Meg K. Guliford is a Penn Vice-Provost Postdoctoral Fellow in residence at Perry World House. Her broad research agenda reflects an interest in political violence, conflict processes, and U.S. foreign policy. Her research has been supported by the U.S. Institute of Peace and the Eisenhower Institute. Guliford’s career in the federal government began as a Presidential Management Fellow for the U.S. Marine Corps Headquarters and has included a civilian deployment to Iraq and work for the Institute for Defense Analyses and the Under Secretary of Defense for Intelligence. Guliford received her Ph.D. in International Relations from Tufts University’s Fletcher School of Law and Diplomacy. She received her MPP from the Harvard Kennedy School and a BA in Political Science and Communications from the University of Pennsylvania.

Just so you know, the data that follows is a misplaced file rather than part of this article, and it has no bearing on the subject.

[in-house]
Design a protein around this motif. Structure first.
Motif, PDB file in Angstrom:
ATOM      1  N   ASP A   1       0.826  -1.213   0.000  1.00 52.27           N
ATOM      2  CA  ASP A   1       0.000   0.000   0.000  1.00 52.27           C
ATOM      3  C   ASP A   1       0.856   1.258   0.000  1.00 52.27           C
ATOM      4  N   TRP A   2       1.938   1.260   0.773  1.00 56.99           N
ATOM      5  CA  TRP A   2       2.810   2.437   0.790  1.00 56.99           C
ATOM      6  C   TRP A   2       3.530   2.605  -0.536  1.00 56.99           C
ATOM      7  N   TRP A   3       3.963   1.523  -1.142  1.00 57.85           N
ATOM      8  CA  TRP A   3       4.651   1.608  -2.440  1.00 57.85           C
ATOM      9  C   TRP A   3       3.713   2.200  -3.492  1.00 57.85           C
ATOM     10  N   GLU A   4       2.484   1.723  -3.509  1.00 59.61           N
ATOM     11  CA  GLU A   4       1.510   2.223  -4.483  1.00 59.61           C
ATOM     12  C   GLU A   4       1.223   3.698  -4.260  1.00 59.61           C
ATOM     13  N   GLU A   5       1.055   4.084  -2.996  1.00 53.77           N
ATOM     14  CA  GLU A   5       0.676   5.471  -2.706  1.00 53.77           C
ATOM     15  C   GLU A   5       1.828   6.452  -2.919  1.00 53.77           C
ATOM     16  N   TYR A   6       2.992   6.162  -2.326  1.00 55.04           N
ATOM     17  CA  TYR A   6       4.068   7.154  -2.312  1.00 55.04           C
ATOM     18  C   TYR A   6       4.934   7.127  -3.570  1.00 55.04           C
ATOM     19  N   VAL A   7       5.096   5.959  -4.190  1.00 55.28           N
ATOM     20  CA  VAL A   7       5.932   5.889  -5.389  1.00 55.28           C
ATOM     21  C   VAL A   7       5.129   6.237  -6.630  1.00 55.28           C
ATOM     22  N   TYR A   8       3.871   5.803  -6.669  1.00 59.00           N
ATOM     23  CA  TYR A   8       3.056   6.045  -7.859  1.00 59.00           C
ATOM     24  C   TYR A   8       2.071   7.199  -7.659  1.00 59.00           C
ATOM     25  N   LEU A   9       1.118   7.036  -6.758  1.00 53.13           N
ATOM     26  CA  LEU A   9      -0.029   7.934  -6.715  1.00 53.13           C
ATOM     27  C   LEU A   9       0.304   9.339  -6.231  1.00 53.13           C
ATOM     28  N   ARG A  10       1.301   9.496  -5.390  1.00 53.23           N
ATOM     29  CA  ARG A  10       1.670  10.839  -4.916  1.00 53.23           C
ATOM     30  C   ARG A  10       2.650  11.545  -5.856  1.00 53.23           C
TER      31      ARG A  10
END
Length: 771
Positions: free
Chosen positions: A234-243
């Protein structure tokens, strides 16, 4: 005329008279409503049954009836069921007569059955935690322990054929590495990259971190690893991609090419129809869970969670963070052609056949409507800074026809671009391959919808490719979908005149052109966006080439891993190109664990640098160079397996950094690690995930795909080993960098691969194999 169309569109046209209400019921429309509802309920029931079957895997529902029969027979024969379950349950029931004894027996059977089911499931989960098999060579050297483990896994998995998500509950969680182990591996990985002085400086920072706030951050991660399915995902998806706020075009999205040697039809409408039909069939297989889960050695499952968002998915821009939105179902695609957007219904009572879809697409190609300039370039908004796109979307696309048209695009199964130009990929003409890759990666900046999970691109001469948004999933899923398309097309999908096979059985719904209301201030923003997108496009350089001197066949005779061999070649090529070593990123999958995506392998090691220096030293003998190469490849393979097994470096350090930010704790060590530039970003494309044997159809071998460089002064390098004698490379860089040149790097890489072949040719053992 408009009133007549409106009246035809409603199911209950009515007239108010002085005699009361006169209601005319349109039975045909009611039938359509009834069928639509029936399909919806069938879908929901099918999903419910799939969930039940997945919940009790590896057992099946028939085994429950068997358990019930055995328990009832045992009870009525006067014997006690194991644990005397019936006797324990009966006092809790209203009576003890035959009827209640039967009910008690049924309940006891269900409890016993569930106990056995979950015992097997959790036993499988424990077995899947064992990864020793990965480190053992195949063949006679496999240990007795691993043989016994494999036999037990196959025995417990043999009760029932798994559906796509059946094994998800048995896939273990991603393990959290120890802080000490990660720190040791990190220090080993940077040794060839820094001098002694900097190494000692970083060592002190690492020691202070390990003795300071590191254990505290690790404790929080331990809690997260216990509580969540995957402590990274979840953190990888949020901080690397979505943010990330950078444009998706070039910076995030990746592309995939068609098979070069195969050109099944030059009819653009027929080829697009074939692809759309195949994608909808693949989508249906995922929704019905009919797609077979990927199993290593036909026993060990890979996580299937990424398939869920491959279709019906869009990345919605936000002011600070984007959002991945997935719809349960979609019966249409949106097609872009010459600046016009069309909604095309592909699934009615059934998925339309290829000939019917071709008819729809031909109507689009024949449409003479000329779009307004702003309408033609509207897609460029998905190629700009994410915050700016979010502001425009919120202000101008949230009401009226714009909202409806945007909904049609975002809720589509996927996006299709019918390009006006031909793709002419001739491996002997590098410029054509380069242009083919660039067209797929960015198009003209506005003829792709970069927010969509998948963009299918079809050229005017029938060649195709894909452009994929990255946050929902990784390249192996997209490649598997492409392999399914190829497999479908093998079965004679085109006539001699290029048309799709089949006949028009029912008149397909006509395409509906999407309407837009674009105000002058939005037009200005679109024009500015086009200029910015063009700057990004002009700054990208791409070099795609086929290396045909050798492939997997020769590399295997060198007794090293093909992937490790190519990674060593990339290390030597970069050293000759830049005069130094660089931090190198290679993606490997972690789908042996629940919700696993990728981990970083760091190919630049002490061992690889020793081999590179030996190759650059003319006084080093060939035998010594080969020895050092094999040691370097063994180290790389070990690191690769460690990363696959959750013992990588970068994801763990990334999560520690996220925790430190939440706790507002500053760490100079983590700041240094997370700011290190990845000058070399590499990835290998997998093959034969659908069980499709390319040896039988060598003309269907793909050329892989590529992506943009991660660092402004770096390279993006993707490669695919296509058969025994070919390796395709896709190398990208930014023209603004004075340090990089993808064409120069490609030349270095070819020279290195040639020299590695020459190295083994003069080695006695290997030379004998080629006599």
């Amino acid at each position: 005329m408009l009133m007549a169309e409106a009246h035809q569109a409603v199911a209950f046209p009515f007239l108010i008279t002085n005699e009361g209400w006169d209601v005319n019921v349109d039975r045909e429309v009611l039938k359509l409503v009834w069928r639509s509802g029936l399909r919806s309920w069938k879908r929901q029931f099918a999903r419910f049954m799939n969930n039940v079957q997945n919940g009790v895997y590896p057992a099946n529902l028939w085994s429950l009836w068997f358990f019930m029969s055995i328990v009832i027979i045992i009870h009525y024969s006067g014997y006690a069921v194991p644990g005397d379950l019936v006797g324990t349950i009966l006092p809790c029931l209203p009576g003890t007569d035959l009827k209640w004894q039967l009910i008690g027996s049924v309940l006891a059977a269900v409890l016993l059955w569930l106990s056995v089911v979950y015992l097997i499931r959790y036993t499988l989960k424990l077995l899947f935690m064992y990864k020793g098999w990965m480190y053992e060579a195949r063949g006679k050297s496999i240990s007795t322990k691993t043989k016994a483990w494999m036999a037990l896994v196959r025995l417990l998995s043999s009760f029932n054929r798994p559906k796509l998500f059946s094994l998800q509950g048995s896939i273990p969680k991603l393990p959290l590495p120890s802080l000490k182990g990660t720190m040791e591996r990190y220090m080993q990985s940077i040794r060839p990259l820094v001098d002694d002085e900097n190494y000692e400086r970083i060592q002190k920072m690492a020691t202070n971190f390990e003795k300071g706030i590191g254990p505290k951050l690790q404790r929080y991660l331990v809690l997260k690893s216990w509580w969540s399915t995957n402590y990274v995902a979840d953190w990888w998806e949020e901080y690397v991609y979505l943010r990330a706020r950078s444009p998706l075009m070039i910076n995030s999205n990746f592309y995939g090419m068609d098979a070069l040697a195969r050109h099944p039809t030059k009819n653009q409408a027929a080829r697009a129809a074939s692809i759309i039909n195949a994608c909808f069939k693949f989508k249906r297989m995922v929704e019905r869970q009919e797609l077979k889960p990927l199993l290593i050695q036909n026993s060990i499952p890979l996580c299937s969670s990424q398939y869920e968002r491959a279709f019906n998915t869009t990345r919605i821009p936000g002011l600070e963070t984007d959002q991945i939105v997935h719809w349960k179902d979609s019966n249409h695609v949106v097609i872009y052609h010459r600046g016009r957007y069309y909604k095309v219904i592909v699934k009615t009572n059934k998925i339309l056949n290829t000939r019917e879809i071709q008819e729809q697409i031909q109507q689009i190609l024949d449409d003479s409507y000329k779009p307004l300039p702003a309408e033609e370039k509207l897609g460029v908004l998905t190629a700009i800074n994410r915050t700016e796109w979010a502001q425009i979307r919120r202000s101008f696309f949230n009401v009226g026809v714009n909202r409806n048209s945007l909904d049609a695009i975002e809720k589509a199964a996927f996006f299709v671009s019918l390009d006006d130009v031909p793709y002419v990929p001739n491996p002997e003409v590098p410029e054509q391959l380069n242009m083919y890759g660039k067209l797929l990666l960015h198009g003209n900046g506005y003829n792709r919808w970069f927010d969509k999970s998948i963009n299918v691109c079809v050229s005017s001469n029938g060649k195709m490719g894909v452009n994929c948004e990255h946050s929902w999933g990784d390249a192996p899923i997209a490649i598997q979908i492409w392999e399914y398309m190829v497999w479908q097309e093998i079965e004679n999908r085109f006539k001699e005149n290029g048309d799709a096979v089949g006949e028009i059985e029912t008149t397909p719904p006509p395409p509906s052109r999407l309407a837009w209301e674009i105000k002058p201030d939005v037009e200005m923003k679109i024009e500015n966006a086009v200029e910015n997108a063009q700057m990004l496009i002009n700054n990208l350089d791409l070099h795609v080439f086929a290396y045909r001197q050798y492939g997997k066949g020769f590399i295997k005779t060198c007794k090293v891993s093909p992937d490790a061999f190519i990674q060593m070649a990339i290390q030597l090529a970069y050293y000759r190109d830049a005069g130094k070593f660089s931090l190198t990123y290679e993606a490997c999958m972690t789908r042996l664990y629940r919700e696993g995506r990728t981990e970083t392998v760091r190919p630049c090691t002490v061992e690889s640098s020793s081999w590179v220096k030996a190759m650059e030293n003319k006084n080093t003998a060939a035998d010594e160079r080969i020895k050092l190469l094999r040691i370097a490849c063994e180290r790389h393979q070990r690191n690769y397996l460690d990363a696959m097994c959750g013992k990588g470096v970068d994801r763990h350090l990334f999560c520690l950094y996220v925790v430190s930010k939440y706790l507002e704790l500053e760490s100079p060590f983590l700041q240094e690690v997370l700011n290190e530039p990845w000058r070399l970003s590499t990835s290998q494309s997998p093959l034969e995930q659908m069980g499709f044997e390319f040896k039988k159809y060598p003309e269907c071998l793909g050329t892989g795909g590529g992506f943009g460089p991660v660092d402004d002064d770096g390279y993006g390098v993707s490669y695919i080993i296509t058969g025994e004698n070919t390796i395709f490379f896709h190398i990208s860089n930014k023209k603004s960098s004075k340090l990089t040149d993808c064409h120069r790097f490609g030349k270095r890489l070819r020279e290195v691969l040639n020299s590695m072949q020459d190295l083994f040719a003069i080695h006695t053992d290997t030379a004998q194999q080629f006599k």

Michael C. Horowitz is Director of Perry World House and Richard Perry Professor at the University of Pennsylvania. He is the author of The Diffusion of Military Power: Causes and Consequences for International Politics, and the co-author of Why Leaders Fight. He won the Karl Deutsch Award given by the International Studies Association for early career contributions to the fields of international relations and peace research. He has published in a wide array of peer reviewed journals and popular outlets. His research interests include the intersection of emerging technologies such as artificial intelligence and robotics with global politics, military innovation, the role of leaders in international politics, and geopolitical forecasting methodology. Professor Horowitz previously worked for the Office of the Undersecretary of Defense for Policy in the Department of Defense. He is a senior fellow for defense technology and innovation at the Council on Foreign Relations. Professor Horowitz received his Ph.D. in Government from Harvard University and his B.A. in political science from Emory University.